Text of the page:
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    There are historical assumptions about who does the work of agriculture, but a deeper dive shows the diverse and often overlooked people who help grow and raise food in the United States. AgriSafe is committed to shining a spotlight on the special populations in agriculture and the health risks associated with their work.


    In the past, farm equipment and other tools used in agriculture were designed for men and may make operating and using the equipment difficult or ergonomically unsafe for women. Most research into injury prevention or health risks has focused on men. The lack of personal protective equipment designed to fit women also puts them at risk. Women experience certain reproductive risks from agricultural exposures including infertility and pregnancy loss. Zoonotic disease exposures may also impact women differently, especially during pre-conception and pregnancy.

    Migrant and Immigrant Farmworkers

    More than 75% of farmworkers come to the United States from other countries for work. Many farmworkers are essential to fruit and vegetable production; work that is often repetitive like bending, lifting, and hand planting/harvesting. Farmworkers are more likely to do dangerous jobs like enter confined spaces, maintain manure storages, or work directly with livestock. Communication barriers and lack of safety training in their language of choice puts farmworkers at higher risk for injury and death.

    BIPOC Farmers

    Recognizing racism as a public health issue, AgriSafe is paying attention to the ways that race intersects with work in agriculture. Based on our 2020 Racism in Ag Think Tank, AgriSafe is exploring opportunities to support the health of black, indigenous, and people of color who work in agriculture.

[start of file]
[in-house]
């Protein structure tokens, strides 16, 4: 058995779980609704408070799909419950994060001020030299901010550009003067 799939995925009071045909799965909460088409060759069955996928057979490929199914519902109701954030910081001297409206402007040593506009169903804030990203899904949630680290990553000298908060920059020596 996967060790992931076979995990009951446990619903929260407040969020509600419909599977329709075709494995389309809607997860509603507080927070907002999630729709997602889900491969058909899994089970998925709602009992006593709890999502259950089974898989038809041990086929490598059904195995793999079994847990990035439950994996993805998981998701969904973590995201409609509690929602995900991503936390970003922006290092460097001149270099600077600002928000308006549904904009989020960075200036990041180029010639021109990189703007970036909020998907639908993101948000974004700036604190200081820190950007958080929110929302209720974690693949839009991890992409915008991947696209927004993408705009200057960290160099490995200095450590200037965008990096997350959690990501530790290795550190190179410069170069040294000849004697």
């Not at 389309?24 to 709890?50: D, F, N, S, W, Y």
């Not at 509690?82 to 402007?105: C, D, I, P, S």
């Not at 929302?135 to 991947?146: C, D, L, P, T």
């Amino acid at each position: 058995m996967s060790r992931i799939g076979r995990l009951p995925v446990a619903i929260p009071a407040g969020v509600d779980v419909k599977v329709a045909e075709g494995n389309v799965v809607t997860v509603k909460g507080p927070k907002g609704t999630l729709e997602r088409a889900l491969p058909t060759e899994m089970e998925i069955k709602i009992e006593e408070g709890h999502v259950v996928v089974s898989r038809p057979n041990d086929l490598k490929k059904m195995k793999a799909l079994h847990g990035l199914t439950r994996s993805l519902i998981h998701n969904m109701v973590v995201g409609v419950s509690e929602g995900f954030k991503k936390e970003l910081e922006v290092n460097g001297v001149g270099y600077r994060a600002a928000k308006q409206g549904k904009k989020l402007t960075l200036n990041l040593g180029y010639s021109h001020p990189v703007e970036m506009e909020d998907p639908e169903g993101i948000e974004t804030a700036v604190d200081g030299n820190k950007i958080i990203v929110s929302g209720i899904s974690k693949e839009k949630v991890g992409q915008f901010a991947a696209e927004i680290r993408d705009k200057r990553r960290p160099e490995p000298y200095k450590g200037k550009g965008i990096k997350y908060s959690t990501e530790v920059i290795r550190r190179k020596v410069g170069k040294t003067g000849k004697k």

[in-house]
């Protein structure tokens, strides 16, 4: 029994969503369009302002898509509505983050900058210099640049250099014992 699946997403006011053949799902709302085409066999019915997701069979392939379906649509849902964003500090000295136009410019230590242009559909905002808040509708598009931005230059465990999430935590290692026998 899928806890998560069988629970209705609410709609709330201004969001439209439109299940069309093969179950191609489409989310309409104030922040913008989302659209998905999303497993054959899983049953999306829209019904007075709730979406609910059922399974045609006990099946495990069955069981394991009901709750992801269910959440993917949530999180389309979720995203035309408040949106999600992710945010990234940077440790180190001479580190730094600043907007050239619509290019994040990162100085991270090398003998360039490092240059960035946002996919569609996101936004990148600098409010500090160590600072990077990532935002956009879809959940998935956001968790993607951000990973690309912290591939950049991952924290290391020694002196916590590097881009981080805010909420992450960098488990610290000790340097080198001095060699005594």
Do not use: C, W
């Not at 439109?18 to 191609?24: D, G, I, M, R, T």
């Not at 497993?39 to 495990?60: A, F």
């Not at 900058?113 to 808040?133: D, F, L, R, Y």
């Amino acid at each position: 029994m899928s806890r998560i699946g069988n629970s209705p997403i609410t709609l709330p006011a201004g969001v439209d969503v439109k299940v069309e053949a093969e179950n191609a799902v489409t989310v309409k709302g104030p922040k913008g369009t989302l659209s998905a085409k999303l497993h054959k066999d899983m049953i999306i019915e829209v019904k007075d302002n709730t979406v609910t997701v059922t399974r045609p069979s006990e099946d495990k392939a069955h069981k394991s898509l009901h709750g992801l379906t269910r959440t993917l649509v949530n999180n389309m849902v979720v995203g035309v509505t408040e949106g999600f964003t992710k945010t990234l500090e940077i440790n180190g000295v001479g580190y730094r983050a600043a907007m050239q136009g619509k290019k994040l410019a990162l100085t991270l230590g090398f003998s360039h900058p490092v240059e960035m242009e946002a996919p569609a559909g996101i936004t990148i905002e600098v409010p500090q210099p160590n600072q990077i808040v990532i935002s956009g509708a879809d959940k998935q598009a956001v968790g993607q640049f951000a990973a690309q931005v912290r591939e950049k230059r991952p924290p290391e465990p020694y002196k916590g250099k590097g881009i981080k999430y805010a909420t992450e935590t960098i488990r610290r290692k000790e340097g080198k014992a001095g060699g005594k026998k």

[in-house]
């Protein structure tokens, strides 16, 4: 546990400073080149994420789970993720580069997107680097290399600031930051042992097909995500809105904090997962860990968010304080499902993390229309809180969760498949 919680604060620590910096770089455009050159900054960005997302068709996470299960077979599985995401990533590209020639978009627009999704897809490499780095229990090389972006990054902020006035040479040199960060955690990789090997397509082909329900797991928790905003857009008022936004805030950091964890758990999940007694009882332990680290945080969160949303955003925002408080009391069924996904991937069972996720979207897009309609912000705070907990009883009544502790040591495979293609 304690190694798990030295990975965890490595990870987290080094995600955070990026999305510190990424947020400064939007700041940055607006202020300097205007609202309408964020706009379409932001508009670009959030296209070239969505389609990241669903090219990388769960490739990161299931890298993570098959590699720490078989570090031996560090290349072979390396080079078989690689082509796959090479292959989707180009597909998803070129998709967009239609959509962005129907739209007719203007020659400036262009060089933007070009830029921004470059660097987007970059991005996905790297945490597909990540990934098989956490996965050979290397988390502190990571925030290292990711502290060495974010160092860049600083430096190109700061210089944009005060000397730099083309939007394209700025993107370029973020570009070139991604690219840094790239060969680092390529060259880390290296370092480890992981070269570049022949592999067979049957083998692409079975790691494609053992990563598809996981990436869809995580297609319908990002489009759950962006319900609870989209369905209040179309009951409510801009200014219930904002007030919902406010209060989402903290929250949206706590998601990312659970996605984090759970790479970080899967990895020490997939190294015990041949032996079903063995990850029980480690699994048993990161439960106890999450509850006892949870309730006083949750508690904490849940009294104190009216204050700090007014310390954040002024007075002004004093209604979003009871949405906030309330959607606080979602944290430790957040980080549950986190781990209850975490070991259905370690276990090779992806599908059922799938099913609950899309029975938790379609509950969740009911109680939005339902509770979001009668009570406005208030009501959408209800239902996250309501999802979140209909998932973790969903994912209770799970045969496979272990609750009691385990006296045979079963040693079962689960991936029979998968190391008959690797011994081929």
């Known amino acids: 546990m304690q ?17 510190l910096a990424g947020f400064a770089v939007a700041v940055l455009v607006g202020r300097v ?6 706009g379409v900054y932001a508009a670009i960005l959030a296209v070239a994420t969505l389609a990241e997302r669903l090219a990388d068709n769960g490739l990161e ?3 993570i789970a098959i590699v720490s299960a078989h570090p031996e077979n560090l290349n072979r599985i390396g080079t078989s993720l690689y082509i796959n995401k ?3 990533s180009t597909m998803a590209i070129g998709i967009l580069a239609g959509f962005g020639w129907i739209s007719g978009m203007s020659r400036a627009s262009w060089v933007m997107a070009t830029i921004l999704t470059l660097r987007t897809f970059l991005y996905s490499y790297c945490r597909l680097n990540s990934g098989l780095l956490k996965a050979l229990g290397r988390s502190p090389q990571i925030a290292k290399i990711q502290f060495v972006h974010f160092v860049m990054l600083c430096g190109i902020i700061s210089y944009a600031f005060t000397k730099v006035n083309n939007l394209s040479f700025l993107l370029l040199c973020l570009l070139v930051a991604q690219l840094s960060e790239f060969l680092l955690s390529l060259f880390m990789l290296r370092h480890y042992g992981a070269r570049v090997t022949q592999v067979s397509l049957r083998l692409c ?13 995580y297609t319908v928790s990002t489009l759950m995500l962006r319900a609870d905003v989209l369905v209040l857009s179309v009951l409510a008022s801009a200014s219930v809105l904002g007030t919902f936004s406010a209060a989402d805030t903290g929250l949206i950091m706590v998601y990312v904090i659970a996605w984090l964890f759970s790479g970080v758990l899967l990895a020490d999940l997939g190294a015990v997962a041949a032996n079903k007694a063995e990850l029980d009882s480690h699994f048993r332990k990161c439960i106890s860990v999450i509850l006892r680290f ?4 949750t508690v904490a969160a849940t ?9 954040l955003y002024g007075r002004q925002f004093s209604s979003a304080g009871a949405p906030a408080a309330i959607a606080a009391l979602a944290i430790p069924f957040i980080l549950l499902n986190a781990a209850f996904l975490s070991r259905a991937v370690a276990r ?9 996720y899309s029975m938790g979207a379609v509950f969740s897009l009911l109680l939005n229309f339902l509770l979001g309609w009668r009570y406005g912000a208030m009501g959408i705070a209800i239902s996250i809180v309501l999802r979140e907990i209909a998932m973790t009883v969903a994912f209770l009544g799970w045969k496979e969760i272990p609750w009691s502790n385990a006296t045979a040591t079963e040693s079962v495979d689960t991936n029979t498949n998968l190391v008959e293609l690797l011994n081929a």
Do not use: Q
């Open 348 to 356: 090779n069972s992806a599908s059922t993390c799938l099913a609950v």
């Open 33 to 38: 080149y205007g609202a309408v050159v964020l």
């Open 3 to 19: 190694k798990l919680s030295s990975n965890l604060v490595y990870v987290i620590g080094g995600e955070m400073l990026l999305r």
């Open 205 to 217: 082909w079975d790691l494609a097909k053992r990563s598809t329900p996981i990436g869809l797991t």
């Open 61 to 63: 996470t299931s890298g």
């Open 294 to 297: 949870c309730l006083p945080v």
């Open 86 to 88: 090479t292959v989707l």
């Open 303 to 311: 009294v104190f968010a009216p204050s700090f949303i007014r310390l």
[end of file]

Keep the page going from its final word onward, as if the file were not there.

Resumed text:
Aging Farmers

    There are physiologic changes that happen to everyone as we age. Beginning as early as our mid-20s, respiratory function starts to decline; other systemic changes set in as our bodies move through the natural progression of life. Aging farmers may have chronic conditions like heart disease or diabetes which require medications that can change how our bodies respond to heat or exertion. Understanding risk and modifying tasks to fit the worker can go a long way to help prevent injury.


    Youth working on farms are at high risk for injury. They are less experienced, more likely to take risks, and are doing work that can be dangerous. It’s important to assign tasks to youth that are developmentally and physically appropriate.

    AgriSafe’s Invest in Your Health program is designed for adults to use with youth working in ag to help them understand how to better protect themselves from farm hazards.

    Military Veterans

    AgriSafe has partnered with military veteran farmers to learn more about the issues veterans face when working in agriculture. Veteran farmers may have chronic conditions or disabilities from their military service that impact how they can do their farm work. Substance use disorders and post traumatic stress have also been identified as health risks for some veterans. More work in this area will help healthcare providers and community members better understand how to support veteran farmers.


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